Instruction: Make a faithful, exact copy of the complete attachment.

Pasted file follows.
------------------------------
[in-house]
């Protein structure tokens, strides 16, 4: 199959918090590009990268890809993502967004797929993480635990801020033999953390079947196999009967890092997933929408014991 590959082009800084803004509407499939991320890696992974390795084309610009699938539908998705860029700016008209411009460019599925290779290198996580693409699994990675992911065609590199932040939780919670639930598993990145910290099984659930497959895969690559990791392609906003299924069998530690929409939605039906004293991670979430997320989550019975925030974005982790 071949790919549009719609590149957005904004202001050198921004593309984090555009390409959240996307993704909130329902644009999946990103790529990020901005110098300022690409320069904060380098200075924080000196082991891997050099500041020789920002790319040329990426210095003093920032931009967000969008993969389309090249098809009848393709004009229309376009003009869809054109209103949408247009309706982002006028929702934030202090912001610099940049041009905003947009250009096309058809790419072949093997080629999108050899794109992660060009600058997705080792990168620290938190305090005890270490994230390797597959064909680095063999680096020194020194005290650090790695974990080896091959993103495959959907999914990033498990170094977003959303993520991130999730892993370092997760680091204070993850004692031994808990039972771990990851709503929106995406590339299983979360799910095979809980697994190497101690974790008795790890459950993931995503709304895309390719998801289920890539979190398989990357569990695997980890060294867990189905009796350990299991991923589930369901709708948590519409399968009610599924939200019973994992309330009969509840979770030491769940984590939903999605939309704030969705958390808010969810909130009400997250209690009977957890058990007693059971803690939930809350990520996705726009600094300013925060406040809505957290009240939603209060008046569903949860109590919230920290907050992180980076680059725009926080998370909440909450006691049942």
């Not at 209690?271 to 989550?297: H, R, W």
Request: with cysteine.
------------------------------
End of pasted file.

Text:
[in-house]
């Protein structure tokens, strides 16, 4: 199959918090590009990268890809993502967004797929993480635990801020033999953390079947196999009967890092997933929408014991 590959082009800084803004509407499939991320890696992974390795084309610009699938539908998705860029700016008209411009460019599925290779290198996580693409699994990675992911065609590199932040939780919670639930598993990145910290099984659930497959895969690559990791392609906003299924069998530690929409939605039906004293991670979430997320989550019975925030974005982790 071949790919549009719609590149957005904004202001050198921004593309984090555009390409959240996307993704909130329902644009999946990103790529990020901005110098300022690409320069904060380098200075924080000196082991891997050099500041020789920002790319040329990426210095003093920032931009967000969008993969389309090249098809009848393709004009229309376009003009869809054109209103949408247009309706982002006028929702934030202090912001610099940049041009905003947009250009096309058809790419072949093997080629999108050899794109992660060009600058997705080792990168620290938190305090005890270490994230390797597959064909680095063999680096020194020194005290650090790695974990080896091959993103495959959907999914990033498990170094977003959303993520991130999730892993370092997760680091204070993850004692031994808990039972771990990851709503929106995406590339299983979360799910095979809980697994190497101690974790008795790890459950993931995503709304895309390719998801289920890539979190398989990357569990695997980890060294867990189905009796350990299991991923589930369901709708948590519409399968009610599924939200019973994992309330009969509840979770030491769940984590939903999605939309704030969705958390808010969810909130009400997250209690009977957890058990007693059971803690939930809350990520996705726009600094300013925060406040809505957290009240939603209060008046569903949860109590919230920290907050992180980076680059725009926080998370909440909450006691049942």
């Not at 209690?271 to 989550?297: H, R, W």
Request: with cysteine.